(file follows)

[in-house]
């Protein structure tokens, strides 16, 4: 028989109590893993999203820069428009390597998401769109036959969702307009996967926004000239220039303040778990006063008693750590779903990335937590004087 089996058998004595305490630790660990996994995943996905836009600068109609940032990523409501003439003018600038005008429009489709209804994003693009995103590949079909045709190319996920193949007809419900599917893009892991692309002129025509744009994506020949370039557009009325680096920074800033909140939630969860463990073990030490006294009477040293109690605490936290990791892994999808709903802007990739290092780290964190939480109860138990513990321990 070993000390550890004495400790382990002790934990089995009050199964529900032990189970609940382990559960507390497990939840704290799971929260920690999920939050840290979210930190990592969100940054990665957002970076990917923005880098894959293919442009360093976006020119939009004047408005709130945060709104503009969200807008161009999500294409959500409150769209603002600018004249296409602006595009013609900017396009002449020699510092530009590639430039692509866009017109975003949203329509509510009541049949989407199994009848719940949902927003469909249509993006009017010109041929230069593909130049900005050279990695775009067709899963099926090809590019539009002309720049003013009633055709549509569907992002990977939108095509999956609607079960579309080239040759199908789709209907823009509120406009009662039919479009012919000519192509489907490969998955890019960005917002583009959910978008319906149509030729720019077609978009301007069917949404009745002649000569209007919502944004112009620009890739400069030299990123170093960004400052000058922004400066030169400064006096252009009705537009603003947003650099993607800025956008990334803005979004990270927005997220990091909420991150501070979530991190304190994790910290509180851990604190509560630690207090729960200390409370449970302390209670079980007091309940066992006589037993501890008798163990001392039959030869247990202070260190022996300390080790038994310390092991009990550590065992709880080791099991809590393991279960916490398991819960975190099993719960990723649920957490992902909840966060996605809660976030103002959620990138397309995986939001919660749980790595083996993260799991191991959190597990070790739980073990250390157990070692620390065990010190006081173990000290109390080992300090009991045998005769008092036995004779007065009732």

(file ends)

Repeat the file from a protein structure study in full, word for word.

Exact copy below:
[in-house]
């Protein structure tokens, strides 16, 4: 028989109590893993999203820069428009390597998401769109036959969702307009996967926004000239220039303040778990006063008693750590779903990335937590004087 089996058998004595305490630790660990996994995943996905836009600068109609940032990523409501003439003018600038005008429009489709209804994003693009995103590949079909045709190319996920193949007809419900599917893009892991692309002129025509744009994506020949370039557009009325680096920074800033909140939630969860463990073990030490006294009477040293109690605490936290990791892994999808709903802007990739290092780290964190939480109860138990513990321990 070993000390550890004495400790382990002790934990089995009050199964529900032990189970609940382990559960507390497990939840704290799971929260920690999920939050840290979210930190990592969100940054990665957002970076990917923005880098894959293919442009360093976006020119939009004047408005709130945060709104503009969200807008161009999500294409959500409150769209603002600018004249296409602006595009013609900017396009002449020699510092530009590639430039692509866009017109975003949203329509509510009541049949989407199994009848719940949902927003469909249509993006009017010109041929230069593909130049900005050279990695775009067709899963099926090809590019539009002309720049003013009633055709549509569907992002990977939108095509999956609607079960579309080239040759199908789709209907823009509120406009009662039919479009012919000519192509489907490969998955890019960005917002583009959910978008319906149509030729720019077609978009301007069917949404009745002649000569209007919502944004112009620009890739400069030299990123170093960004400052000058922004400066030169400064006096252009009705537009603003947003650099993607800025956008990334803005979004990270927005997220990091909420991150501070979530991190304190994790910290509180851990604190509560630690207090729960200390409370449970302390209670079980007091309940066992006589037993501890008798163990001392039959030869247990202070260190022996300390080790038994310390092991009990550590065992709880080791099991809590393991279960916490398991819960975190099993719960990723649920957490992902909840966060996605809660976030103002959620990138397309995986939001919660749980790595083996993260799991191991959190597990070790739980073990250390157990070692620390065990010190006081173990000290109390080992300090009991045998005769008092036995004779007065009732």